• Although the 7-day QPF forecast calls for little or no rain in the eastern half of Texas and western Louisiana, the extended range forecasts (days 6-10 and 8-14) favor above-median precipitation.
  • Thereafter, however, the July and JAS odds tilt toward drier and warmer than normal conditions along the western Gulf Coast and in the southern Mississippi Valley, providing the main reasoning for keeping drought in this region with some southern and eastern expansion by the end of September.
  • Although the July and JAS precipitation outlooks favor below-median out to the western Florida Panhandle, eastern drought expansion stopped in western Louisiana due to surplus rainfall (more than a foot) at 180-days from eastern Louisiana to northern Florida. On the other hand, the areas with drought expansion have 4-8 inch deficits for the same time period.
  • In contrast, JAS is a relatively wet time of year from western Texas northeastward (including surplus rains the past 30 days) – and since all of the short, medium, and long-term precipitation forecasts point toward above-median rainfall, drought improvement or removal seems the most probable scenario in the southern High Plains.

Forecast confidence for the central Plains and Midwest is moderate to high.

  • During the past 2 weeks, severe weather and widespread, heavy rains (over 10 inches in southeast South Dakota, northwest Iowa, and southwest Minnesota) have targeted the central Plains and Midwest (specifically the western Corn Belt), providing widespread and ample drought relief. As a result, drought improvement has been made to most of South Dakota, Minnesota, Iowa, Nebraska, and Kansas.
  • With the recent wet pattern, July and JAS a climatologically wet time of the year, heavy rains in the 7-day QPF, and somewhat favorable chances for above-normal rainfall in the 6-10 and 8-14 day, July monthly, and July-September seasonal outlooks, improvement and removal is the only logical forecast.
  • However, one small caveat that can temper seasonal drought forecast confidence in the Midwest and Plains is the possibility of a brief but intense growing season flash drought (extreme temperatures and no rain during critical crop growing stages), especially during mid- to late summer.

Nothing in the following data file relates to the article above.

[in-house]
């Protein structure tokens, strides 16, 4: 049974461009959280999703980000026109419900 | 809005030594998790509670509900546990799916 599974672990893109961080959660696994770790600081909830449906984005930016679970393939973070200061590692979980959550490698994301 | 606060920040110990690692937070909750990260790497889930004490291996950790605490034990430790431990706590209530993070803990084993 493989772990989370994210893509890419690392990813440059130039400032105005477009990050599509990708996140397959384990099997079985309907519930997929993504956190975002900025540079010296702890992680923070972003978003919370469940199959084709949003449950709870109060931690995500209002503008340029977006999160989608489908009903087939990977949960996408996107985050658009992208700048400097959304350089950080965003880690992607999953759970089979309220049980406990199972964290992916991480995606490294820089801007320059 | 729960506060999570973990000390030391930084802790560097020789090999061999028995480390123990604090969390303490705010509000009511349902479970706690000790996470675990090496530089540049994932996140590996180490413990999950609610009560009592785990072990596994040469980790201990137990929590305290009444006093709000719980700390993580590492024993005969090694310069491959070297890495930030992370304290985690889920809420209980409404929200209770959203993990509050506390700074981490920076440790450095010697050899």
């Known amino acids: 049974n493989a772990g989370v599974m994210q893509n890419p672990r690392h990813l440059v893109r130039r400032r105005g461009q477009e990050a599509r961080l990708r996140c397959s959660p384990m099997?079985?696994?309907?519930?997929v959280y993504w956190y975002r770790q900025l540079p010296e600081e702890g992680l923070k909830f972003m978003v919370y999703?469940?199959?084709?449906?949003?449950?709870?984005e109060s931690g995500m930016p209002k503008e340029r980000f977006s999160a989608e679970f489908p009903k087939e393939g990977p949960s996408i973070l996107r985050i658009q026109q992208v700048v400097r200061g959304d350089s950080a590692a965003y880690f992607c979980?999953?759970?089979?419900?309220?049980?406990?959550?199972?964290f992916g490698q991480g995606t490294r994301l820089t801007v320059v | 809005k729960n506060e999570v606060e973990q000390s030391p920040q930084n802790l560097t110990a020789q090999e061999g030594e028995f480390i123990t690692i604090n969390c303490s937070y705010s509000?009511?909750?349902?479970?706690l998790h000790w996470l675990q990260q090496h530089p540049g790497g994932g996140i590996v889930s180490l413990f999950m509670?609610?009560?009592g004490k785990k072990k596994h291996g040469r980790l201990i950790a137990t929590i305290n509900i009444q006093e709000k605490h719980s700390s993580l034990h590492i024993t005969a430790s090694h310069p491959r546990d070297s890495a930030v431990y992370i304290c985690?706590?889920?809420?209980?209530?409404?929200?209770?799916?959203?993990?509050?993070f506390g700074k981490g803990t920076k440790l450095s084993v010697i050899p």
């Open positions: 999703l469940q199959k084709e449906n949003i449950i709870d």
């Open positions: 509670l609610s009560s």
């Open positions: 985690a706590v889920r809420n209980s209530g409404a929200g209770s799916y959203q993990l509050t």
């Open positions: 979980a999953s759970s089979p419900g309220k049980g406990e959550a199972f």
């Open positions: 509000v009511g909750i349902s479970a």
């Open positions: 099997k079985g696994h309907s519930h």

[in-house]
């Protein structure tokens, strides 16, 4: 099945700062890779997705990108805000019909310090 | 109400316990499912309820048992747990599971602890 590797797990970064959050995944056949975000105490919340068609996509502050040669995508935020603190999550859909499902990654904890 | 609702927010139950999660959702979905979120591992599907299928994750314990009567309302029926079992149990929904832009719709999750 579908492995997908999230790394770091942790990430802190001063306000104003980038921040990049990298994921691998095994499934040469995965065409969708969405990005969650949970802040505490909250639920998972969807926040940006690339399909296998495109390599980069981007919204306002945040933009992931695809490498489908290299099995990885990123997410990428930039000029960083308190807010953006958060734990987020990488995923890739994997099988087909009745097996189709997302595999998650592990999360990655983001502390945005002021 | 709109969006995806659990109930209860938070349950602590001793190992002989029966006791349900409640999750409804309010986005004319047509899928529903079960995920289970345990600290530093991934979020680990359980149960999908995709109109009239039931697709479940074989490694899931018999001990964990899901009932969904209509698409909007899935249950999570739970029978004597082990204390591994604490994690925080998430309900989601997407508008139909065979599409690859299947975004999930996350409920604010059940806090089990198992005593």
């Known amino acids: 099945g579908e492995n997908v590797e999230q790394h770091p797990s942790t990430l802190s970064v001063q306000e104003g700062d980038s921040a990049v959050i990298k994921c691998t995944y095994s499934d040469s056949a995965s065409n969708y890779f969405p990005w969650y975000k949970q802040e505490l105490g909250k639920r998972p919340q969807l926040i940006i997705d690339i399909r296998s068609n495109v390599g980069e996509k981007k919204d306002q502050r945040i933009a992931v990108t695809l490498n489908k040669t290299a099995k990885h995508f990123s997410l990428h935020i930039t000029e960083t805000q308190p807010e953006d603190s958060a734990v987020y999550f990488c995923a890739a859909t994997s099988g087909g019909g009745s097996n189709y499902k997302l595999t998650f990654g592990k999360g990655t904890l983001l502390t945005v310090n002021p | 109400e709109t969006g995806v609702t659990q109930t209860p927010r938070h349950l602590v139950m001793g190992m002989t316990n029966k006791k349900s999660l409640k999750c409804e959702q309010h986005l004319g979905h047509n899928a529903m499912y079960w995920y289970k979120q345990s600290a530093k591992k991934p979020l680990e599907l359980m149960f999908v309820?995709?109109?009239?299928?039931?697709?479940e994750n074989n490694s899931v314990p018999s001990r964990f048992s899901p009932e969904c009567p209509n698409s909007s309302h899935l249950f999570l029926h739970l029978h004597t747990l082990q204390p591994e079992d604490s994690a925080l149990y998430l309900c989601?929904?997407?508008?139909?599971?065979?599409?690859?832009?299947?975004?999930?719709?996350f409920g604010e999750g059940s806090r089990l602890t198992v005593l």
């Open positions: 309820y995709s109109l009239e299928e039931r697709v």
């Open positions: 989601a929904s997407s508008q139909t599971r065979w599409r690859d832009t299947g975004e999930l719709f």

Forecast confidence for the southern Appalachians is moderate.

  • The small drought area (D1) in the southern Appalachians and abnormal dryness (D0) in eastern Kentucky and Tennessee are possible candidates for improvement based upon the 7-day QPF totals (1.0-2.5 inches) and high probabilities for above-median rainfall during the 6-10 and 8-14 day periods.
  • Accumulated deficits of 4-6 inches over the past 90-days could be erased if the short and medium-term forecasts verify.
  • Although there is no tilt either way in the July and JAS precipitation outlooks, the June and July climatology are somewhat wet, so the short-term precipitation forecasts may be enough for improvement.
  • Thus, removal is forecast, though not with much confidence given the lack of long-term indicators.

Forecast confidence for Hawaii is low to moderate.

  • The only remaining Hawaiian drought area (D1) is on central Molokai associated with low water levels on the Kualapuu Reservoir.
  • The July and JAS forecasts favor slight odds toward wetness in this region, although normal summer rainfall amounts at Molokai are much less when compared to the winter totals.
  • However, with the expected odds for above-median monthly and seasonal precipitation throughout Hawaii, this forecast favors drought removal, though with low to moderate confidence.

Forecast confidence for Puerto Rico moderate to high.

  • The past 30 days have been very dry across most of Puerto Rico, especially in southern and eastern sections.
  • With shortages persisting even longer (out to 180-days), abnormal dryness already in place, and the very strong possibility of an El Nino event which would most-likely interrupt the Caribbean and Atlantic tropical season (e.g. less summertime convection and tropical systems), drought development is likely by the end of September.

 

 

Ernst Undesser
Edited by Ernst Undesser with Information from D. Miskus of the NOAA June 19, 2014